The porousness of time, community, and genre also show up in Jim’s horn playing. Despite the fact that Jim could absolutely destroy you with tone clusters – this was a guy who hung out with Cecil Taylor and shredded Coltrane’s “Naima” – he returns again and again to lush melodies, prizing tunefulness above all else. The melodies grow more powerful and seductive until, on the album highlight “Yon A Ho,” you are swept away by a tidal wave of voice, piano, and horn.

On any jazz record, these musical choices would stand as social commentary on their own, but Jim goes even further. He includes two covers of songs from Johnny Cash’s album Bitter Tears: The Ballad of the American Indian. “Senecas (As Long as the Grass Shall Grow)” and “Drums” were written by Peter LaFarge, a legendary chronicler of colonial legacies (see “The Ballad of Ira Hayes”) who, ironically, falsely claimed to be Native American himself.

In Jim’s hands, these spare and haunting folk ballads transform into jaunty country tunes, a slightly more distressing treatment given the subject matter. “Senecas” covers deliberate flooding of tribal lands to build a reservoir, while “Drums” is about Native American boarding schools, notorious sites of abuse and murder. As Jim sings them in his faux-Johnny Cash baritone, you can practically see the acid grin on his face, as if he’s saying: Have a good time, folks, but remember on whose graves you’re dancing.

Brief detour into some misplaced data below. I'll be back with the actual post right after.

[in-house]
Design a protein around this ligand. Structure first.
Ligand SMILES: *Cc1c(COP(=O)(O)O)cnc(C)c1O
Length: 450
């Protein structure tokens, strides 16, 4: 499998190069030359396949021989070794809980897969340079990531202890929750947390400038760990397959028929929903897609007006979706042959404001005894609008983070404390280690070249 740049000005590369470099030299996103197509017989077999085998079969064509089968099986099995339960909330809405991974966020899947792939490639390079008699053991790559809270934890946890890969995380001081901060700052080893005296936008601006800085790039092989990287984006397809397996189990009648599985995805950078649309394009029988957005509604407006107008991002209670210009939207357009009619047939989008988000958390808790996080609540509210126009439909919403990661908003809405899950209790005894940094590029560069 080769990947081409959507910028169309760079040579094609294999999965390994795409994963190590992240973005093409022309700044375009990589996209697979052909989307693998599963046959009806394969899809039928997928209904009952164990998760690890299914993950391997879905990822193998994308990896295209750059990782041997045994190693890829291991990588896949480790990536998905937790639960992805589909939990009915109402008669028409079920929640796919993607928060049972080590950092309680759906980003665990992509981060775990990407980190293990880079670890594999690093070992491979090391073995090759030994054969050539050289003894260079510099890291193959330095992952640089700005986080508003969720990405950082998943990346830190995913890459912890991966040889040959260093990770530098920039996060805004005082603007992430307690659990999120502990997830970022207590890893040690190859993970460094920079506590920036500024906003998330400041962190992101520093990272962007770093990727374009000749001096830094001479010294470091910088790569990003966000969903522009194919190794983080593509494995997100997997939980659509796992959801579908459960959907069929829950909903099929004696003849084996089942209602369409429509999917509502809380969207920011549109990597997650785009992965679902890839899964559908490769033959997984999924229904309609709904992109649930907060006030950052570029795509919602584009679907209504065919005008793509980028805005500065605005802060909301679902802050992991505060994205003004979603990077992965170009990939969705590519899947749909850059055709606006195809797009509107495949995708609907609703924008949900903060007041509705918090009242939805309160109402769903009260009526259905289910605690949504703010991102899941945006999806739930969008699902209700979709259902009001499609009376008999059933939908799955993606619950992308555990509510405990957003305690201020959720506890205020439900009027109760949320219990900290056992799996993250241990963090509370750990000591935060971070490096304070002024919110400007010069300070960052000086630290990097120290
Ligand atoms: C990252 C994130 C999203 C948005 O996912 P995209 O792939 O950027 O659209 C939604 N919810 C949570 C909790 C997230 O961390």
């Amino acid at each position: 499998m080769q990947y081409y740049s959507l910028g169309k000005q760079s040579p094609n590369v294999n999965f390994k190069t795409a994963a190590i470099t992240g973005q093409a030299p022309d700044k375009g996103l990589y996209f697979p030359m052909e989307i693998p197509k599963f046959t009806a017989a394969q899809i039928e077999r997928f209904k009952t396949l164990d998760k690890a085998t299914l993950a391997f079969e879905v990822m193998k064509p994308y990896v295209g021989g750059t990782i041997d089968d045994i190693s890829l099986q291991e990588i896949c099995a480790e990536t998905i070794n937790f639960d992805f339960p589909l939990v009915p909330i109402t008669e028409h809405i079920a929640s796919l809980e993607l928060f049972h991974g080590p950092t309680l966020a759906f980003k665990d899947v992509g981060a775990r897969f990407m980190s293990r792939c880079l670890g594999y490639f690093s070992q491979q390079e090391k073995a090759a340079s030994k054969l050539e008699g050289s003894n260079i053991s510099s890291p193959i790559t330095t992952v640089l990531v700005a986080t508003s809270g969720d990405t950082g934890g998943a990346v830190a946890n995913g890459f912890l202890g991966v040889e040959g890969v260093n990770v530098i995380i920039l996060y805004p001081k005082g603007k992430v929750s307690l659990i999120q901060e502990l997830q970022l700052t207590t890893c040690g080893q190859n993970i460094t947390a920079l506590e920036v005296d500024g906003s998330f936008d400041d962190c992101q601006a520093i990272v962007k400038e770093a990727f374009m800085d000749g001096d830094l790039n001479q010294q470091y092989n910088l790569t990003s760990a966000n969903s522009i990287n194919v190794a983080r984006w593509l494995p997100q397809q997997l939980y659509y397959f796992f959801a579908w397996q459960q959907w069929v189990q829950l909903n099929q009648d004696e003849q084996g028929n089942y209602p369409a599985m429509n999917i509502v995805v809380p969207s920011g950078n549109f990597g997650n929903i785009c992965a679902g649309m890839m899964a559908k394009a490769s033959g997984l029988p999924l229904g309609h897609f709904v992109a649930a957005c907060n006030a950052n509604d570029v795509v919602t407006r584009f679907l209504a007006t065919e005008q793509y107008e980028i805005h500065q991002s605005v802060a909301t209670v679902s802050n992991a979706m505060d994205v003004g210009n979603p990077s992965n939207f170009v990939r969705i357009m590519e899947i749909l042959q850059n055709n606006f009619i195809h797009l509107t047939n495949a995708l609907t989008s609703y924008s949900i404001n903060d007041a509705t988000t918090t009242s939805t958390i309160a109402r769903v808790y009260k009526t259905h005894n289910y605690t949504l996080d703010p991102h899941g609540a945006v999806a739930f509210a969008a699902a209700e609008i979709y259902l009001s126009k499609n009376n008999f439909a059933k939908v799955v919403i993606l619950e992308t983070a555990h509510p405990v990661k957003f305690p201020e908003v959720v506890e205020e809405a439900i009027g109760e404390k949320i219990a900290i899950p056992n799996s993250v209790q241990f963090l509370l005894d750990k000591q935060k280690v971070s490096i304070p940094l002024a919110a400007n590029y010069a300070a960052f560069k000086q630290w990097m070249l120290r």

The genre-melding on Pepper’s Pow Wow sounds more like the progressive, unclassifiable music being released today by International Anthem and others. This is everything/and music. But being ahead of your time is not exactly a blessing – it took Jim over a decade to make another album as a leader, and since his passing in 1992, his records have gone out of print (reissue labels take note). 

Everybody is invited to Pepper’s Pow Wow. It’s a foot-stomping, hell-raising party that celebrates coming together. And that coming together is steeped in both the pain of our shared history and the joy of being surrounded by the ones we love. Step on down. | j fecile